By Bernie Becker - 05/12/14 07:15 PM EDT
A left-leaning group is pushing back on the idea that the U.S. has one of the most progressive tax systems in the world.
But the Center on Budget and Policy Priorities said those claims distort that study’s findings, arguing that the U.S. also does less than other industrialized countries to battle income inequality.
“Why does the U.S. tax and cash transfer system do relatively little to reduce inequality in household cash incomes, despite the progressivity of the U.S. tax system?” wrote the paper’s authors, Chye-Ching Huang and Nathaniel Frentz. “The answer is that tax progressivity by itself gives an incomplete picture of how much taxes and cash transfers reduce inequality.”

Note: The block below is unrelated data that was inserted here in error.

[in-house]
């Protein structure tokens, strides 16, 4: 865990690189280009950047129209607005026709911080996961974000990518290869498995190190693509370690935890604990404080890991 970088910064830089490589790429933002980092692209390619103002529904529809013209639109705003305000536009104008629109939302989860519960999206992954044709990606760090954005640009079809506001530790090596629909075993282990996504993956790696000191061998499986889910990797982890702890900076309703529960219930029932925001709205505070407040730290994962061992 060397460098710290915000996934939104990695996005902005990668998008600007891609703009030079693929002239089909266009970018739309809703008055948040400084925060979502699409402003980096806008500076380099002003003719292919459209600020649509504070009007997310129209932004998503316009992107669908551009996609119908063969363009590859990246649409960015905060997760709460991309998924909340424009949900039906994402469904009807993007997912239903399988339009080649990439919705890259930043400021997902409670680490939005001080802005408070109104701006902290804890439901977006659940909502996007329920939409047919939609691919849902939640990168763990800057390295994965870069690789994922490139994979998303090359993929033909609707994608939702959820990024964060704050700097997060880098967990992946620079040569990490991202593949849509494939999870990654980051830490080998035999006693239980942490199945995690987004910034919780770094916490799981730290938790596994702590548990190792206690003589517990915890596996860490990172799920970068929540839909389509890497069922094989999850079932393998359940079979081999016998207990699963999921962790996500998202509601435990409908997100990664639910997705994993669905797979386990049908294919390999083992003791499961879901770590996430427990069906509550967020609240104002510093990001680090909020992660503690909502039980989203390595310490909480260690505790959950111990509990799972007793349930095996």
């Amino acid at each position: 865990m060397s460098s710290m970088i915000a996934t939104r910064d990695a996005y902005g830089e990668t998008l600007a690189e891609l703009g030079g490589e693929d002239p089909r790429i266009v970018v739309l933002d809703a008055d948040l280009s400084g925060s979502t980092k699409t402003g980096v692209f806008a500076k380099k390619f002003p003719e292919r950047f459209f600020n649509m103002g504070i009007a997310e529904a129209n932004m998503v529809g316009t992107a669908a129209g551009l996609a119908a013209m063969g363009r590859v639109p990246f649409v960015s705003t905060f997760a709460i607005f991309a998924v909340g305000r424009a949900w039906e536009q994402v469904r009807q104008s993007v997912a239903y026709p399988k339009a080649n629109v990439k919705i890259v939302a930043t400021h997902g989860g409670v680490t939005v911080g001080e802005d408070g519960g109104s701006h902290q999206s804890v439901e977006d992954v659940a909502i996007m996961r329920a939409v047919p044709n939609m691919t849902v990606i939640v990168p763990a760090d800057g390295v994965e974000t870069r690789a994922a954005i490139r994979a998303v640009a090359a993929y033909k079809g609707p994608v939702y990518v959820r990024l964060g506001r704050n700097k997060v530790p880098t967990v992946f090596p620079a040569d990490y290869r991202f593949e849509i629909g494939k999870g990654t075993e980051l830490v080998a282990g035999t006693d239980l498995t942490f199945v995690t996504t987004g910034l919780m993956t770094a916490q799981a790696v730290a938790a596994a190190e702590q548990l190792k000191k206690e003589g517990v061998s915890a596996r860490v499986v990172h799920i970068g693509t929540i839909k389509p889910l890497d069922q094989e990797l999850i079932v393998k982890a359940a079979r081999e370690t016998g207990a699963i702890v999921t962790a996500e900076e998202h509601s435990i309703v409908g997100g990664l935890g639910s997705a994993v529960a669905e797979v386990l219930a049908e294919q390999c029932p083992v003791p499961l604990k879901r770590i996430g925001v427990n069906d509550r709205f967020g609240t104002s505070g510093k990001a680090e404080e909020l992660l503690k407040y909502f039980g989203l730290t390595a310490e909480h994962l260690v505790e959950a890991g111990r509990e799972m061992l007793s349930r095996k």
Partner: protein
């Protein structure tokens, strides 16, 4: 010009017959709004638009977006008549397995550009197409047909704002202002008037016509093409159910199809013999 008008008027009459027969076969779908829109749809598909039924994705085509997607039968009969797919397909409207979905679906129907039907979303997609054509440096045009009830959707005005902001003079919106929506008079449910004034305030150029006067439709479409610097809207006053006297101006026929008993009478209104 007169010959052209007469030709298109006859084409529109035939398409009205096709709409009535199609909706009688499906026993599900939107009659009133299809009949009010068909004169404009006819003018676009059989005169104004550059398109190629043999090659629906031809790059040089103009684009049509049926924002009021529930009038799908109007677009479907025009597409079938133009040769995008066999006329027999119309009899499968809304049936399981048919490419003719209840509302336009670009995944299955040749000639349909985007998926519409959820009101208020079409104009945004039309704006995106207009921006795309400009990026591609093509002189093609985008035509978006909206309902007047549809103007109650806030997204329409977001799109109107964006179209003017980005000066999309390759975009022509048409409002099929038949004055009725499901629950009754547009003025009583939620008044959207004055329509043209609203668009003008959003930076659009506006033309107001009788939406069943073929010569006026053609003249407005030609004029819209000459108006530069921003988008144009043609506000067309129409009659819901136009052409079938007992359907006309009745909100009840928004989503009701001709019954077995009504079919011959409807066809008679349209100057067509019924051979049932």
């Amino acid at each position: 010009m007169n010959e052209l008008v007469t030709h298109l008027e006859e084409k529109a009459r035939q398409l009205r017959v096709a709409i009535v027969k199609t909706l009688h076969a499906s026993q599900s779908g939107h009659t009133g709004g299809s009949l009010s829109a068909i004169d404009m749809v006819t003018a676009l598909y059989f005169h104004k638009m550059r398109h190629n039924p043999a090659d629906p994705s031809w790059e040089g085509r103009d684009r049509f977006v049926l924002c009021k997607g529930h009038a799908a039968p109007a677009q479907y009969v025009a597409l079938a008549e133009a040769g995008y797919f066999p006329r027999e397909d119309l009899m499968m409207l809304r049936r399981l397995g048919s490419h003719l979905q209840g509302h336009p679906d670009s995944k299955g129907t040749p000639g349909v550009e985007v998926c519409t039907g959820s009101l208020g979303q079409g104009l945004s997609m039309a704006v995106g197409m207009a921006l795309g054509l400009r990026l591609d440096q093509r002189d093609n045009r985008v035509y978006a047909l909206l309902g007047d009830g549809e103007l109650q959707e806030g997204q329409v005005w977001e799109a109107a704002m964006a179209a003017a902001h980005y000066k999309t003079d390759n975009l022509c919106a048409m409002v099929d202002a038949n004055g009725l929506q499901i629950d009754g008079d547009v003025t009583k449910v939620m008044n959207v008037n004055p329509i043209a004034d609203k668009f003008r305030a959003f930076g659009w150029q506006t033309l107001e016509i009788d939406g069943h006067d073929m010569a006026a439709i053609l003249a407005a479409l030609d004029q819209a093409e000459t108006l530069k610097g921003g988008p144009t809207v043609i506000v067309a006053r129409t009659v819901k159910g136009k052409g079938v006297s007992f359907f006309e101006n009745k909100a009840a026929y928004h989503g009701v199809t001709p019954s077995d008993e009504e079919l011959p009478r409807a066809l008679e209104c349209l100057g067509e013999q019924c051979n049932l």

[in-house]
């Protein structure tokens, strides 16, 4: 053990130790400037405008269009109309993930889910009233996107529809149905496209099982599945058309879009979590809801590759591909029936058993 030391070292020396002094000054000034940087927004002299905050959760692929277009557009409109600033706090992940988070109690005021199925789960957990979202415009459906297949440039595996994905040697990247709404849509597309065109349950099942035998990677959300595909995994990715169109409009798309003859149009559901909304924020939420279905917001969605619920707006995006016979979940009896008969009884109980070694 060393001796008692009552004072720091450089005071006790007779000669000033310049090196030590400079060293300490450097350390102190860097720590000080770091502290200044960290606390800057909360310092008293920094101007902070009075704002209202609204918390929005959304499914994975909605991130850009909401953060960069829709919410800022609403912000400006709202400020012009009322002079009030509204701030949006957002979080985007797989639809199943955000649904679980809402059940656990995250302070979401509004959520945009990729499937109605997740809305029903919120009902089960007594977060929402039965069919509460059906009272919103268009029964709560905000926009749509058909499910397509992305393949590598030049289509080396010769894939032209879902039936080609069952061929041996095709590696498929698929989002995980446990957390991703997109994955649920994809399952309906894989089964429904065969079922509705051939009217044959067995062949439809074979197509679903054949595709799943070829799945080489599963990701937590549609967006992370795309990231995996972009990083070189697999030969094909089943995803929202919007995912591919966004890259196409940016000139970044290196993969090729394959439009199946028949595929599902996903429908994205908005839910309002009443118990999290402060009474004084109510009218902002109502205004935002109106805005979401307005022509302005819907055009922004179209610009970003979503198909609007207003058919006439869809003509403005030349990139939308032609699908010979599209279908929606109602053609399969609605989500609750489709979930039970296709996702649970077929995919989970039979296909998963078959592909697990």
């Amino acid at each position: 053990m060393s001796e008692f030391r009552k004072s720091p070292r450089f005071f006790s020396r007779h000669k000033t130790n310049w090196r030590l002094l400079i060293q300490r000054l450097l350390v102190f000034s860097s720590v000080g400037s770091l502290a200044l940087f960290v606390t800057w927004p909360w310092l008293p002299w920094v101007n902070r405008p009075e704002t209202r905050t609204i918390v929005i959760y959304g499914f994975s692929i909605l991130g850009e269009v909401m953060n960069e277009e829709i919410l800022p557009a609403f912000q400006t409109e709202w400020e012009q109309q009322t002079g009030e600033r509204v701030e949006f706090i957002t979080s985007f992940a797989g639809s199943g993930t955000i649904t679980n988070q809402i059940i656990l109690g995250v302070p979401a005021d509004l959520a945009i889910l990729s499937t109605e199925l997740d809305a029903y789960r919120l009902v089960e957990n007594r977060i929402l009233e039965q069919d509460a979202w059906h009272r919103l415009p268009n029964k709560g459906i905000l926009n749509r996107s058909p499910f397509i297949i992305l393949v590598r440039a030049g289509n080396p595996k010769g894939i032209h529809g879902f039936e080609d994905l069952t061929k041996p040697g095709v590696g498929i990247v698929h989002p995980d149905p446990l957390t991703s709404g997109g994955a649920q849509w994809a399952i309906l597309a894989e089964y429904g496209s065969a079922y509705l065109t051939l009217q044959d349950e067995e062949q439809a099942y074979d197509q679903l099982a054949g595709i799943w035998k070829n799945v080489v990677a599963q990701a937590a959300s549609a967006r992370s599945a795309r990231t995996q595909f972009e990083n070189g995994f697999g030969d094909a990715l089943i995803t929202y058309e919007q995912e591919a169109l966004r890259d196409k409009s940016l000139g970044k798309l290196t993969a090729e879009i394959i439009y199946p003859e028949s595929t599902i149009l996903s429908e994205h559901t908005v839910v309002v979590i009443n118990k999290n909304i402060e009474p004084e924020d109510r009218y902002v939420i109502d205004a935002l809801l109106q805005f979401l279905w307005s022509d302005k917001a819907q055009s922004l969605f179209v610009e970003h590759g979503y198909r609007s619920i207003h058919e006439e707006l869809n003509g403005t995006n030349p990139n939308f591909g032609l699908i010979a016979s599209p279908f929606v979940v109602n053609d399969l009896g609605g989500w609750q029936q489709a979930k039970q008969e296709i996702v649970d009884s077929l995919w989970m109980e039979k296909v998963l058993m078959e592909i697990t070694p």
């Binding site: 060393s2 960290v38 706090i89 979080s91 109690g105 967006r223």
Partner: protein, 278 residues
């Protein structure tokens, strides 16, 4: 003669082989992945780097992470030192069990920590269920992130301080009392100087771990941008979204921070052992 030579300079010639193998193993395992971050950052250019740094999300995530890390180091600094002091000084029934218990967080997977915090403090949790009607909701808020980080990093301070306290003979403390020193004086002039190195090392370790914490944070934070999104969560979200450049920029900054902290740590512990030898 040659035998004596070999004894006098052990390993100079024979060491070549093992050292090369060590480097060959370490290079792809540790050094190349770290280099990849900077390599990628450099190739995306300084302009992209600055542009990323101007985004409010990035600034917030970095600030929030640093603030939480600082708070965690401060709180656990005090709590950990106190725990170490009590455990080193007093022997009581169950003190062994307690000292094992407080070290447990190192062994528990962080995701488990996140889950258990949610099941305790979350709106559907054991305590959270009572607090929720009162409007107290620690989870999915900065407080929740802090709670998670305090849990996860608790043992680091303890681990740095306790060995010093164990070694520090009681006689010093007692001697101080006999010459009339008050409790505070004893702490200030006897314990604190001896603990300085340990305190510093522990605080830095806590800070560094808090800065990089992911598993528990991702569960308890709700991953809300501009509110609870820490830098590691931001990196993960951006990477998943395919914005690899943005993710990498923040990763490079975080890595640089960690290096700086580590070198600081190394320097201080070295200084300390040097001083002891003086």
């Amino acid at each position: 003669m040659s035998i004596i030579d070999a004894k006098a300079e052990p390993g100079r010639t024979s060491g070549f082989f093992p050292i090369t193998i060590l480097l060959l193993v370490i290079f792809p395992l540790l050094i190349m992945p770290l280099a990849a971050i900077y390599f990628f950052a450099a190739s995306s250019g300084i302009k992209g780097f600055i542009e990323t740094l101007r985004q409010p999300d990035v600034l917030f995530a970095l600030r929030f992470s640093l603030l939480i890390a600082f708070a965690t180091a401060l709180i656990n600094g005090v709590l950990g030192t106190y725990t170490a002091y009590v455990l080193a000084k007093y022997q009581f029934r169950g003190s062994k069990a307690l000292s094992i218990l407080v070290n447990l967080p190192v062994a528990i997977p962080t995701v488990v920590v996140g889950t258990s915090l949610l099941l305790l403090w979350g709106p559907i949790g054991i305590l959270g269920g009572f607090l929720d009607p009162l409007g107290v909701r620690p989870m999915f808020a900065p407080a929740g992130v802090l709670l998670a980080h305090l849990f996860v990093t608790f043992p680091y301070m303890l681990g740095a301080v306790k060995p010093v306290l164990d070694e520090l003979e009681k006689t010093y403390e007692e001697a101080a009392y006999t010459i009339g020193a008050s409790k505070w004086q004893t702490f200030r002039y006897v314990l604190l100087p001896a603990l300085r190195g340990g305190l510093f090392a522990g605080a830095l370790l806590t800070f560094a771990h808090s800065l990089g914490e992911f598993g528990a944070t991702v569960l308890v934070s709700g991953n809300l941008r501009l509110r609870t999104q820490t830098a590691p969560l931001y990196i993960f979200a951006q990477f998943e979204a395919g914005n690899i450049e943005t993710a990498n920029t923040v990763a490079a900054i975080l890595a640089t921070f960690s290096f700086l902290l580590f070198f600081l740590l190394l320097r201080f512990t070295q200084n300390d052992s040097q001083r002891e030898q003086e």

The new CBPP report comes as Democrats have been making income inequality a key part of their political message this midterm election year.
CBPP argues that the U.S. tax system collects less revenue per household than other OECD countries, even if it is comparatively progressive. Plus, the group argues that the U.S. spends far less – roughly half the OECD average – on services like unemployment insurance and Social Security.